DESCRIPTION (provided by applicant): Environmental tobacco smoke (ETS), also known as second-hand or passive smoke exposure, affects approximately 15 million youth under the age of 18, and results in numerous acute and chronic illnesses. Approximately 45,000-60,000 adult nonsmokers die annually from cardiovascular disease (CVO) as a result of ETS exposure. Cotinine, a metabolite of nicotine, is frequently used as a physiological measure of ETS exposure. Several studies have reported that cotinine is metabolized at a different rate in males than in females and in African Americans (AA) than in European Americans (EA). The reason for this difference has not been determined and may be related to genetic variations/polymorphisms involved in metabolizing nicotine and in the biotransformation of tobacco smoke. Specific candidate genes involved in these biotransformation reactions include CYP1A1, GSTM1, GSTT1, and CYP2A6. The development of CVD is multifactorial and gene- environment interactions between specific nicotine metabolizing genes and ETS exposure may provide new information regarding the development of pre-clinical CVD risk factors in youth. The primary pre-clinical CVD risk factor measured in this project is resting systolic blood pressure (SBP) and secondary phenotypes include resting diastolic blood pressure (DBP), endothelium-dependent arterial vasodilation (EDAD), left ventricular mass indexed by body size (LVMI), and total peripheral resistance (TPR). Currently, the relationship between genetics, exposure to ETS and the development of pre-clinical CVD risk factors in youth is not understood. Exploring such relationships particularly within the context of gene-environment interactions may provide information for identifying youth at increased risk for developing CVD. This project is a secondary analysis (N=585) of data that have been collected by Dr. Frank Treiber (Co-l) (HL69999). There has been no prior evaluation during his funded research of the relationships proposed in this application. Frozen plasma and DMA are available for performing cotinine analyses and genotyping and all dependent CV measures are in the established database. This application, consistent with the mission of the National Institute of Nursing Research, targets three priority areas for the R15 application to include cultural and ethnic considerations in health, health promotion and disease prevention, and new knowledge of implications for genetic advances. This research addresses a significant public health concern for ETS exposed youth. Examining the combined impact of genetics and ETS exposure may provide information to develop socio-culturally appropriate interventions for preventing CVD in youth who are identified at increased risk based on their genetics and at-risk environments.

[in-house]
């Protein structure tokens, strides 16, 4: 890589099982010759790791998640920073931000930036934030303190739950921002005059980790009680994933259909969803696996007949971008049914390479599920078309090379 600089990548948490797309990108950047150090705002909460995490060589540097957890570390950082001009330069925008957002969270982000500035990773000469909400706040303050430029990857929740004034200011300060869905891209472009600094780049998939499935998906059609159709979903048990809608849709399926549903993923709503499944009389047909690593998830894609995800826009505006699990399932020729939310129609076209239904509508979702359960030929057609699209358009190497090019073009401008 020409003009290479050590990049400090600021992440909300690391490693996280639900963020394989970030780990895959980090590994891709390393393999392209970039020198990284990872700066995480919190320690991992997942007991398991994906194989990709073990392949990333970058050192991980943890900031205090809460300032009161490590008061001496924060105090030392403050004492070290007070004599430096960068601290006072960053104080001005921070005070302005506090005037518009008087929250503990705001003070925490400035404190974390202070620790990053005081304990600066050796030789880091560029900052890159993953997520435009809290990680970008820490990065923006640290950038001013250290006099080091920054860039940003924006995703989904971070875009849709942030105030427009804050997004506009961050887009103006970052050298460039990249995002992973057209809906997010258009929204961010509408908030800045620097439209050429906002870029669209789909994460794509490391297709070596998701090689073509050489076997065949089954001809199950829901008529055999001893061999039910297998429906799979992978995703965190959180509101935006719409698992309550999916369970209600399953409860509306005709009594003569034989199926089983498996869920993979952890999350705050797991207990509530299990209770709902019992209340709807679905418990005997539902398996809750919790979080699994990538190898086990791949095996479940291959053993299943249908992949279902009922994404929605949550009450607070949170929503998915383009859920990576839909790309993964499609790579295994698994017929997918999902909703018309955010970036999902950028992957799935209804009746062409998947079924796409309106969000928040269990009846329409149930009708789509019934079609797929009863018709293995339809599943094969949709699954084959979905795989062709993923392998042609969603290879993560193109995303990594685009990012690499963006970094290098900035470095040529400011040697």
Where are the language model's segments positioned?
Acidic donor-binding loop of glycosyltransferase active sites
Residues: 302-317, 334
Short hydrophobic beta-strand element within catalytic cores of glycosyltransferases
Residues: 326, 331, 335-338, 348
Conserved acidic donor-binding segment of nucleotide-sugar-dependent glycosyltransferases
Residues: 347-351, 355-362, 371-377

|Effective start/end date||3/1/06 → 2/28/08|
- National Institutes of Health: $219,250.00